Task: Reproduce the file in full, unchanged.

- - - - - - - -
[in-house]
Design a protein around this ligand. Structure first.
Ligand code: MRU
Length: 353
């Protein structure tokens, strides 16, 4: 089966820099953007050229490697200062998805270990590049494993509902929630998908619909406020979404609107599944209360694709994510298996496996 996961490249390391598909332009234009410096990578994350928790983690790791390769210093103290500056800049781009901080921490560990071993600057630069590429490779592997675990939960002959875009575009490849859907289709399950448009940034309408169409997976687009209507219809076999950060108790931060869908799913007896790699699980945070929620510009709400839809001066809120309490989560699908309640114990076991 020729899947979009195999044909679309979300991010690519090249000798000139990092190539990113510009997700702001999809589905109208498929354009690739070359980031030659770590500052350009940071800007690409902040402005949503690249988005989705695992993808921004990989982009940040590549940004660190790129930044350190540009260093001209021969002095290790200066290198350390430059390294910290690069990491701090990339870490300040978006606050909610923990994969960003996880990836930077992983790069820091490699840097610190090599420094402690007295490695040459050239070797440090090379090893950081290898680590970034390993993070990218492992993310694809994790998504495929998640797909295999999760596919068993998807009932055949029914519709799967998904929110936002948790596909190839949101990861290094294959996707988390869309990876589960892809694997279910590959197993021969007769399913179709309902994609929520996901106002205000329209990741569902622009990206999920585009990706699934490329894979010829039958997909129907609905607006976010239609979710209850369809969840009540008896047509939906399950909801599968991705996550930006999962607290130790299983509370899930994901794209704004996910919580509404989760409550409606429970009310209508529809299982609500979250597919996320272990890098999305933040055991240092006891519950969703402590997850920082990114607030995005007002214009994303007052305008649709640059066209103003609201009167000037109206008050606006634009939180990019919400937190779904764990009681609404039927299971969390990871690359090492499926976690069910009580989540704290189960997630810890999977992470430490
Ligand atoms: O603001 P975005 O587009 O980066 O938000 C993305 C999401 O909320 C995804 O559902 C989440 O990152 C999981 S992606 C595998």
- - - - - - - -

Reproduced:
[in-house]
Design a protein around this ligand. Structure first.
Ligand code: MRU
Length: 353
């Protein structure tokens, strides 16, 4: 089966820099953007050229490697200062998805270990590049494993509902929630998908619909406020979404609107599944209360694709994510298996496996 996961490249390391598909332009234009410096990578994350928790983690790791390769210093103290500056800049781009901080921490560990071993600057630069590429490779592997675990939960002959875009575009490849859907289709399950448009940034309408169409997976687009209507219809076999950060108790931060869908799913007896790699699980945070929620510009709400839809001066809120309490989560699908309640114990076991 020729899947979009195999044909679309979300991010690519090249000798000139990092190539990113510009997700702001999809589905109208498929354009690739070359980031030659770590500052350009940071800007690409902040402005949503690249988005989705695992993808921004990989982009940040590549940004660190790129930044350190540009260093001209021969002095290790200066290198350390430059390294910290690069990491701090990339870490300040978006606050909610923990994969960003996880990836930077992983790069820091490699840097610190090599420094402690007295490695040459050239070797440090090379090893950081290898680590970034390993993070990218492992993310694809994790998504495929998640797909295999999760596919068993998807009932055949029914519709799967998904929110936002948790596909190839949101990861290094294959996707988390869309990876589960892809694997279910590959197993021969007769399913179709309902994609929520996901106002205000329209990741569902622009990206999920585009990706699934490329894979010829039958997909129907609905607006976010239609979710209850369809969840009540008896047509939906399950909801599968991705996550930006999962607290130790299983509370899930994901794209704004996910919580509404989760409550409606429970009310209508529809299982609500979250597919996320272990890098999305933040055991240092006891519950969703402590997850920082990114607030995005007002214009994303007052305008649709640059066209103003609201009167000037109206008050606006634009939180990019919400937190779904764990009681609404039927299971969390990871690359090492499926976690069910009580989540704290189960997630810890999977992470430490
Ligand atoms: O603001 P975005 O587009 O980066 O938000 C993305 C999401 O909320 C995804 O559902 C989440 O990152 C999981 S992606 C595998």